One of the mysteries of the English language finally explained.
A gregarious Eurasian crow with black plumage and a bare face, nesting in colonies in treetops.
Corvus frugilegus, family Corvidae
- ‘Thrushes sing in the green shrubbery; rooks caw in the elms.’
- ‘We found the broken bodies of infant rooks fallen from the nests all along the towers while the walls resounded with the echoes of those who had not fallen but grown to noisy maturity.’
- ‘Crows belong to the family of corvids, which also includes rooks, jays, ravens and jackdaws.’
- ‘Outside the city walls, the fields would have supported birds such as starlings, rooks and crows, just as you can see today but in greater abundance.’
- ‘Birds - blackbirds and thrushes, robins, starlings, rooks and crows, jays, ducks, seagulls and owls will eat slugs.’
- ‘I turned my head to see a flock of crows and rooks burst out from the highest trees and fly overhead.’
- ‘People often write in about the conventional terms for groups of animals and people, especially birds, such as parliament of rooks or murder of crows.’
Defraud, overcharge, or swindle (someone)‘police files are overflowing with complaints from people who've been rooked’‘that lawyer rooked me out of it’
swindle, defraud, cheat, trick, fleece, dupe, deceive, exploit, squeeze, milk, bleedView synonyms
- ‘I told her that I'd be back tomorrow and so I went back after chores today with some stuff, and she must have rooked in 30 or 40 people in the couple of hours I was there.’
- ‘And they were convinced they'd rooked us… Yeah, the perfect business deal.’
- ‘‘And I got rooked into being his companion,’ grumbled Pip.’
- ‘I started to notice that I was getting rooked by the sites about a year ago.’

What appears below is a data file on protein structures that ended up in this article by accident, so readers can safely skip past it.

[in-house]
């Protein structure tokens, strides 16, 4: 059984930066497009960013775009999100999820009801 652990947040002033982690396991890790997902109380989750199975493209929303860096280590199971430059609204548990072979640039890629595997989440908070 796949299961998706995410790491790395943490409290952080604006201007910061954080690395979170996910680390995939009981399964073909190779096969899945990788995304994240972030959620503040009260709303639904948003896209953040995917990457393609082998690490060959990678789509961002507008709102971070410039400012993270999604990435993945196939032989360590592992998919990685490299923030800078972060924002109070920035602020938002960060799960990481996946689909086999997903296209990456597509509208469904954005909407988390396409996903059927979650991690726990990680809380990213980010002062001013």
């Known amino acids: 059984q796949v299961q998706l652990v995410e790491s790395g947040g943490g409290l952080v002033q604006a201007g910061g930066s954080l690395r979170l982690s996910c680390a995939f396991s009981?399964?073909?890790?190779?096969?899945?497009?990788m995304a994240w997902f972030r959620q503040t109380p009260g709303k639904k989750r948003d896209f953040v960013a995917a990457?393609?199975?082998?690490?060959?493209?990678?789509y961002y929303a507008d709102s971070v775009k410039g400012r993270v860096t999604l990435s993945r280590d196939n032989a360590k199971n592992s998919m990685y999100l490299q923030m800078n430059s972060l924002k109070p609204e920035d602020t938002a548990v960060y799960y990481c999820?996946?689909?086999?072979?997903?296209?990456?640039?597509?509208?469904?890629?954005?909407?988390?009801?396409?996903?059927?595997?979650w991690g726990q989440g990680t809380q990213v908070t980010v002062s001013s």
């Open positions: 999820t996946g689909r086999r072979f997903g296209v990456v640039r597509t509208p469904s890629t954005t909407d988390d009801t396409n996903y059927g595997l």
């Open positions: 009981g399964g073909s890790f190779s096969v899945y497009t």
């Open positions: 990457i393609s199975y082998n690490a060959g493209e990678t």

- ‘He once said: ‘If we were to apply the Sermon on the Mount to our business, we would be rooked within six months.’’
Old English hrōc, probably imitative and of Germanic origin; related to Dutch roek.
A chess piece, typically with its top in the shape of a battlement, that can move in any direction along a rank or file on which it stands. Each player starts the game with two rooks at opposite ends of the first rank.See also castle
- ‘All the pieces move in straight lines like the rook or castle in chess, and a piece may be moved any number of squares providing no other piece is standing in the way.’
- ‘For example, thinking that trading a rook and pawn for a bishop and knight is usually an equal trade.’
- ‘A hand silhouetted against the wall picked up a rook and moved it forward three squares, capturing a brave knight, and exposing the king.’
- ‘This gives an empty row between the pawns and the main pieces that the rooks can move into, supporting each other; the other pieces can develop more easily, too.’
- ‘Just then, I noticed something on the board, moved my rook and declared, ‘Checkmate!’’
- ‘Erial returned to the game long enough to move her rook into a position that severely threatened his queen, before continuing her train of thought.’
- ‘So as a rule, kings should advance and roam the board in the opening, and a rook should get behind a passed pawn in the middlegame?’
- ‘David got revenge for this by moving his right rook seven spaces forward, taking Floyd's pawn.’
- ‘But once the chess game ended, the great powers lost interest in the rooks and pawns.’
- ‘It was littered with only a few pieces, my king, queen, two rooks and pawn my remaining pieces.’
- ‘In the even rarer case of two rooks vs. three minor pieces, the limited statistics give the minor pieces a slight edge provided they include the bishop pair, which they usually do.’
- ‘With the rise in use of exchange sacrifices, rook versus minor piece endgames are becoming more common, and there are key defensive techniques that a player must know.’
- ‘Chess has six types of pieces (pawn, rook, knight, bishop, queen and king) each with individual parameters that govern movement.’
- ‘If she moved the rook instead, I would capture a pawn, and place her king in check.’
- ‘But white blundered away a pawn when rooks were exchanged, then had to sack his bishop to stop a passed pawn.’
Middle English: from Old French rock, based on Arabic ruḵḵ (of which the sense remains uncertain).
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